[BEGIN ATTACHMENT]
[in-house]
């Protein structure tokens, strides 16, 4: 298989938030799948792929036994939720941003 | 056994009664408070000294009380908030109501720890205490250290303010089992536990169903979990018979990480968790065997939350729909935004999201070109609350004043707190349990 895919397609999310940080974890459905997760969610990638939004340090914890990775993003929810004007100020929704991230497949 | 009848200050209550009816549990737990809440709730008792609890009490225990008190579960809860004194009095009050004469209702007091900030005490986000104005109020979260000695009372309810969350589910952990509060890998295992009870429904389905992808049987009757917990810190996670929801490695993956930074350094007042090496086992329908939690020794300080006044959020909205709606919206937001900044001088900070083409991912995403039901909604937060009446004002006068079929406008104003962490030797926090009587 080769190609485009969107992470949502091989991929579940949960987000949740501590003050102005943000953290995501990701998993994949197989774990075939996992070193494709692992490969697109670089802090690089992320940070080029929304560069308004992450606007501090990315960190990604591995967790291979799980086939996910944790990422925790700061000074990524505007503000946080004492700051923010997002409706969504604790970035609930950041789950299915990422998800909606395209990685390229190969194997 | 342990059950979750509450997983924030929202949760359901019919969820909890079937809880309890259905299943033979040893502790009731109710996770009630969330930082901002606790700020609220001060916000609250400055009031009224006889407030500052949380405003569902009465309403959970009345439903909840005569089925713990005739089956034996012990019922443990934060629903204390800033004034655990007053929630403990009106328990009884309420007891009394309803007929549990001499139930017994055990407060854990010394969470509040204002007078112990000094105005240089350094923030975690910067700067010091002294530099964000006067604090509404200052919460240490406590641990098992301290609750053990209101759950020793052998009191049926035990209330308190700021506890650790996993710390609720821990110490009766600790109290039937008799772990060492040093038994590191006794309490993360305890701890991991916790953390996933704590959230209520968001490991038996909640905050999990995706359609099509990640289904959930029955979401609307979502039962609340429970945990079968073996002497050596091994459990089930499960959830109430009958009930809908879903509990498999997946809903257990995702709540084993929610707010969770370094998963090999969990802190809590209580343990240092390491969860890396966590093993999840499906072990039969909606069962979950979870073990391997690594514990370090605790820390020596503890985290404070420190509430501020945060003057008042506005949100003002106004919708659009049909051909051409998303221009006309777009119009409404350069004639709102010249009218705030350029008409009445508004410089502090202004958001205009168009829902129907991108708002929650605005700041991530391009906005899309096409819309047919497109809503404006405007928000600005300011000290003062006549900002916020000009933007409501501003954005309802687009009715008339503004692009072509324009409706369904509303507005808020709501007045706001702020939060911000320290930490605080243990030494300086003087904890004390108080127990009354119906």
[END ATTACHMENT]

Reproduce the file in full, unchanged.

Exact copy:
[in-house]
């Protein structure tokens, strides 16, 4: 298989938030799948792929036994939720941003 | 056994009664408070000294009380908030109501720890205490250290303010089992536990169903979990018979990480968790065997939350729909935004999201070109609350004043707190349990 895919397609999310940080974890459905997760969610990638939004340090914890990775993003929810004007100020929704991230497949 | 009848200050209550009816549990737990809440709730008792609890009490225990008190579960809860004194009095009050004469209702007091900030005490986000104005109020979260000695009372309810969350589910952990509060890998295992009870429904389905992808049987009757917990810190996670929801490695993956930074350094007042090496086992329908939690020794300080006044959020909205709606919206937001900044001088900070083409991912995403039901909604937060009446004002006068079929406008104003962490030797926090009587 080769190609485009969107992470949502091989991929579940949960987000949740501590003050102005943000953290995501990701998993994949197989774990075939996992070193494709692992490969697109670089802090690089992320940070080029929304560069308004992450606007501090990315960190990604591995967790291979799980086939996910944790990422925790700061000074990524505007503000946080004492700051923010997002409706969504604790970035609930950041789950299915990422998800909606395209990685390229190969194997 | 342990059950979750509450997983924030929202949760359901019919969820909890079937809880309890259905299943033979040893502790009731109710996770009630969330930082901002606790700020609220001060916000609250400055009031009224006889407030500052949380405003569902009465309403959970009345439903909840005569089925713990005739089956034996012990019922443990934060629903204390800033004034655990007053929630403990009106328990009884309420007891009394309803007929549990001499139930017994055990407060854990010394969470509040204002007078112990000094105005240089350094923030975690910067700067010091002294530099964000006067604090509404200052919460240490406590641990098992301290609750053990209101759950020793052998009191049926035990209330308190700021506890650790996993710390609720821990110490009766600790109290039937008799772990060492040093038994590191006794309490993360305890701890991991916790953390996933704590959230209520968001490991038996909640905050999990995706359609099509990640289904959930029955979401609307979502039962609340429970945990079968073996002497050596091994459990089930499960959830109430009958009930809908879903509990498999997946809903257990995702709540084993929610707010969770370094998963090999969990802190809590209580343990240092390491969860890396966590093993999840499906072990039969909606069962979950979870073990391997690594514990370090605790820390020596503890985290404070420190509430501020945060003057008042506005949100003002106004919708659009049909051909051409998303221009006309777009119009409404350069004639709102010249009218705030350029008409009445508004410089502090202004958001205009168009829902129907991108708002929650605005700041991530391009906005899309096409819309047919497109809503404006405007928000600005300011000290003062006549900002916020000009933007409501501003954005309802687009009715008339503004692009072509324009409706369904509303507005808020709501007045706001702020939060911000320290930490605080243990030494300086003087904890004390108080127990009354119906």